## Monday, April 6, 2020

### Wuhan Virus - Propagation Equations

Being an engineer and scientist, I wondered if I could sit down and come up with some equations that might get me rough estimates of propagation parameters.  This would allow me to predict what might happen in the future, given what's happened in the past.

[Note:  I'm not doing this like a thesis.  It's more than likely I make all kinds of mistakes.  It's just a quick and dirty, back of the envelope thought experiment.  Please don't laugh!  If you read my conclusions at the bottom, I don't think you will laugh.]

So I got out my pen and paper, and made an attempt.  I ended up initially with 4 variables and only 3 equations.  Normally, to get the value of all variables in a set of equations, you have to have an equal number of equations.  If you want to see my conclusions, skip over most of the calculations...

Here's my simple 'model.'  You start with I number of infected people on day 1.  Obviously, I am ignoring what happened before my hypothetical day 1.  T is the number of infected people on day N.  (If this was a thesis, I would be using subscripts and greek letters.)  R is the number of people one infected person infects in one day.  That is, it's kind of a contagion multiplier, it could very likely be less than 1. C is the number of cumulative reported infections (cases) on day N.  D is the number of people that have died by day N.  'a' is the fraction of the total number of infected people that are reported as cases (infected).  And 'b' is the fraction of the total number of infected people that have died by day N.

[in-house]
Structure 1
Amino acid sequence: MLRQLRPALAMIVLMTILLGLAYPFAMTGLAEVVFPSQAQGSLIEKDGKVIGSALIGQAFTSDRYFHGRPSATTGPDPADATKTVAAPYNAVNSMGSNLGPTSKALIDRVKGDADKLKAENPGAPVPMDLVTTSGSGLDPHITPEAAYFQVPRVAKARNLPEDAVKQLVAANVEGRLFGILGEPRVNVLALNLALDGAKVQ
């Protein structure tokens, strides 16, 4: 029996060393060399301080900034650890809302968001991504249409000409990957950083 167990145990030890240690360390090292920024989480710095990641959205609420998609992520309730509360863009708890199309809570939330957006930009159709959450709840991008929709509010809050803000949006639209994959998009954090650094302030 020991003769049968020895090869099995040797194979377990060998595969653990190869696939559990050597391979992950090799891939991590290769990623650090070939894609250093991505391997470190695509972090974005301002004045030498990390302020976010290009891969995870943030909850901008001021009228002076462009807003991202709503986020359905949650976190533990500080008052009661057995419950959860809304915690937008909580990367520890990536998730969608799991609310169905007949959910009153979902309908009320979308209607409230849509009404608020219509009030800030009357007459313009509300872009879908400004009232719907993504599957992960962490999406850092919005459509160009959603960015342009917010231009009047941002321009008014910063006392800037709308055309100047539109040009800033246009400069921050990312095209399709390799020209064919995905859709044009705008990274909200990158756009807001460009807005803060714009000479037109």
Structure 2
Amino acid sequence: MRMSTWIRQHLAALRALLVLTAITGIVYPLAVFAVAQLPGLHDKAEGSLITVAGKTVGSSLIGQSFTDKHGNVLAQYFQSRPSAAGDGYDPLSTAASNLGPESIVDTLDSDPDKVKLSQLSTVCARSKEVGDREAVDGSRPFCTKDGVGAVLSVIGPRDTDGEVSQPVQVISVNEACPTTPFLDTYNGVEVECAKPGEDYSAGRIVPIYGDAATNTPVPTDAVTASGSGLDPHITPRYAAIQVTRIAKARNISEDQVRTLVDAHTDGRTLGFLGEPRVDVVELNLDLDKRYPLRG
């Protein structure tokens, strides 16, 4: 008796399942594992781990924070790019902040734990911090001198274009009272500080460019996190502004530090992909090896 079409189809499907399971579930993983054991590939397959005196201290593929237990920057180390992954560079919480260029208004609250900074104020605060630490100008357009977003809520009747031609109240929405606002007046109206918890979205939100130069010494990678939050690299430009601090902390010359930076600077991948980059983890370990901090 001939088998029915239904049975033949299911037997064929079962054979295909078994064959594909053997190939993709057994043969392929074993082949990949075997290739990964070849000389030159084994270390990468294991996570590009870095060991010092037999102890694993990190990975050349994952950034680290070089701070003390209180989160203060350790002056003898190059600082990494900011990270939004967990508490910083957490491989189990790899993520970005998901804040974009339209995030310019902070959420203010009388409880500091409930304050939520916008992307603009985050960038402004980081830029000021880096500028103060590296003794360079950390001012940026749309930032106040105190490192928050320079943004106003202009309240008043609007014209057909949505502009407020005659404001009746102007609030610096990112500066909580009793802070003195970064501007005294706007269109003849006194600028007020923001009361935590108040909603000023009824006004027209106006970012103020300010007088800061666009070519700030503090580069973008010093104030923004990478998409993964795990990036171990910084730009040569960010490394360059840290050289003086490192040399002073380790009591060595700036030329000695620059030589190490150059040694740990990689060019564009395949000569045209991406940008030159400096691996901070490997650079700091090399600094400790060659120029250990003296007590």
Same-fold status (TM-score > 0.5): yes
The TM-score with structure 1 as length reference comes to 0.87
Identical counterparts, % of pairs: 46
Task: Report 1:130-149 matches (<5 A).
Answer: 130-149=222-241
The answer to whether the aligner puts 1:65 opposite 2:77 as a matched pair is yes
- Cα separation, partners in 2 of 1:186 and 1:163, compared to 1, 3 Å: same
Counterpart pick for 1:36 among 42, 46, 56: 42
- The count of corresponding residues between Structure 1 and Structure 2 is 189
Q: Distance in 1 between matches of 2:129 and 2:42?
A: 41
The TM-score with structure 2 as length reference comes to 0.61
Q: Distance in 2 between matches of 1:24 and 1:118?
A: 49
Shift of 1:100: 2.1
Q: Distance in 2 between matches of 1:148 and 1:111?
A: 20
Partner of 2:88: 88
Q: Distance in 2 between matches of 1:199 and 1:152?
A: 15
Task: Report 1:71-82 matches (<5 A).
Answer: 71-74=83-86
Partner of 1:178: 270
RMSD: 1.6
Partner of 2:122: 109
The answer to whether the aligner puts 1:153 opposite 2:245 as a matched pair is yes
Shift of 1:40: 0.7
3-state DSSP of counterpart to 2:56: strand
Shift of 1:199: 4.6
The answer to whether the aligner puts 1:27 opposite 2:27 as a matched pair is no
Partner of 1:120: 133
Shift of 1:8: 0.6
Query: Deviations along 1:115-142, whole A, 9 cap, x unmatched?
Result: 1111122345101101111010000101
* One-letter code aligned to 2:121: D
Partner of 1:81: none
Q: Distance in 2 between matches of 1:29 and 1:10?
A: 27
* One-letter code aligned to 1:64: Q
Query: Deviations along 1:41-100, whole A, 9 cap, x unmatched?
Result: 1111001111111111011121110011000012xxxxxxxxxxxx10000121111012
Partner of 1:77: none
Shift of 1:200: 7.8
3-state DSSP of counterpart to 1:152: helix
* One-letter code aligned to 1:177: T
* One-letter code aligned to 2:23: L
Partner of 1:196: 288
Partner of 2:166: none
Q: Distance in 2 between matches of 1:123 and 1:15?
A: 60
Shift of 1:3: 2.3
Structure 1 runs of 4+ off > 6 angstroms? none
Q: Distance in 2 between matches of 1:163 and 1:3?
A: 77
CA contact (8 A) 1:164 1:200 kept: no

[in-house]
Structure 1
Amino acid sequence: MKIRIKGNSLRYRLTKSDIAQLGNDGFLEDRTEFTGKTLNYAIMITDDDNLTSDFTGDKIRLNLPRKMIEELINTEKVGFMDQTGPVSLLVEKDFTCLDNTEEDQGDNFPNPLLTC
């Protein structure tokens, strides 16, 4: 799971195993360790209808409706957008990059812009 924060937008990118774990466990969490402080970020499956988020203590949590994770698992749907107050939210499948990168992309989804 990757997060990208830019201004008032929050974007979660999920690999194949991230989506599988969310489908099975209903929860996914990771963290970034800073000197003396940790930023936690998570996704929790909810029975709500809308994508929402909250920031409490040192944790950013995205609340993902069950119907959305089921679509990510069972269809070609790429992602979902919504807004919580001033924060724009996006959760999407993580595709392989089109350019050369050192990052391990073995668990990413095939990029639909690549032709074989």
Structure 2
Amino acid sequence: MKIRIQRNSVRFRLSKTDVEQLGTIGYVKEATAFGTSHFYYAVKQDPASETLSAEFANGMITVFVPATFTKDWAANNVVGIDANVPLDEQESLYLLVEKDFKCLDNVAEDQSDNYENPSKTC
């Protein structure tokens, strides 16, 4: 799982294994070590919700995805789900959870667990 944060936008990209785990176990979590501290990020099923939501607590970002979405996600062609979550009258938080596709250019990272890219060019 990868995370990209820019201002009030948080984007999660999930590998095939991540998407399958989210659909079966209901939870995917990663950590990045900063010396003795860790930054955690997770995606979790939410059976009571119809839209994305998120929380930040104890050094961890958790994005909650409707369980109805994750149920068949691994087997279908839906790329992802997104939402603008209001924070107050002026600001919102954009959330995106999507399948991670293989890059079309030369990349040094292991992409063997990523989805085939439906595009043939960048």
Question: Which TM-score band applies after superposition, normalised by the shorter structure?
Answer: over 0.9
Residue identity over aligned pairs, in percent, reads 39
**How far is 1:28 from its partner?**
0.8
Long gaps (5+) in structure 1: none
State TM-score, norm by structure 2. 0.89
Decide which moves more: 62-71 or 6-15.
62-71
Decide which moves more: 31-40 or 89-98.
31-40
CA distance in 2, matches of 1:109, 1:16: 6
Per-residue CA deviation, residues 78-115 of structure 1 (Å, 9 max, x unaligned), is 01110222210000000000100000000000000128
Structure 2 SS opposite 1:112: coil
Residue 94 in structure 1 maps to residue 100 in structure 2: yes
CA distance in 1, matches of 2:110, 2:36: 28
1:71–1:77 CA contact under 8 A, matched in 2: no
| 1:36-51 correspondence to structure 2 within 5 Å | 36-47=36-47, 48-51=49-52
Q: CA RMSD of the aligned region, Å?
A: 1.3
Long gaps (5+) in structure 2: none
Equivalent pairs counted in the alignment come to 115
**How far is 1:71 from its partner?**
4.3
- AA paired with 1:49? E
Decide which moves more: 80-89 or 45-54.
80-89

So, the propagation of the virus gives you:
Eq. 1:  T = I (1 + R)^ N

The number of reported (testing confirmed) cases is simply
Eq. 2:  C = a T

And the number of people that have died is
Eq. 3: D = b T

We know (or can pull from reports) given two data points where we pick day 1 and N, that reports give us I, C, and D.  But our variables are R, T, a, and b.

Now suppose we pick a third data point.  Somewhere in the middle at day N2, where we have a C2 and a D2.  This gives us

Eq. 4:  T2 = I (1 + R)^N2

Eq. 5:  C2 = a T2

Eq. 6:  D2 = b T2

Now we have six equations and we have the variables (unknowns):  R, T, a, b, and T2.  So now we have 6 equations and only 5 variables.  That usually means either you have a duplicate (equivalent/extra) equation, or you have multiple possible solutions.  I'll ignore those problems here.

Now there are two variables that seem to have the most meaning.  R and a.  With a, you can tell how big the infected population is at any moment given a total of positive tests.

The real problem is that R, a, and b are not actually constants.  They vary over time and location.  The model above just assumes that you can get a rough mean or average value for those variables assuming the simple model I created above.

Just think about R.  If people are shaking hands, it would be high.  If they stay 3 feet apart instead of 6, it would be higher.  If people ignore social distancing in a region, it would be higher in that case.  It obviously differs by region and who follows what practice.  In fact, it probably varies for each individual.

Then too, you have to think about the increase in lock downs.  Over time, R would theoretically go down in time.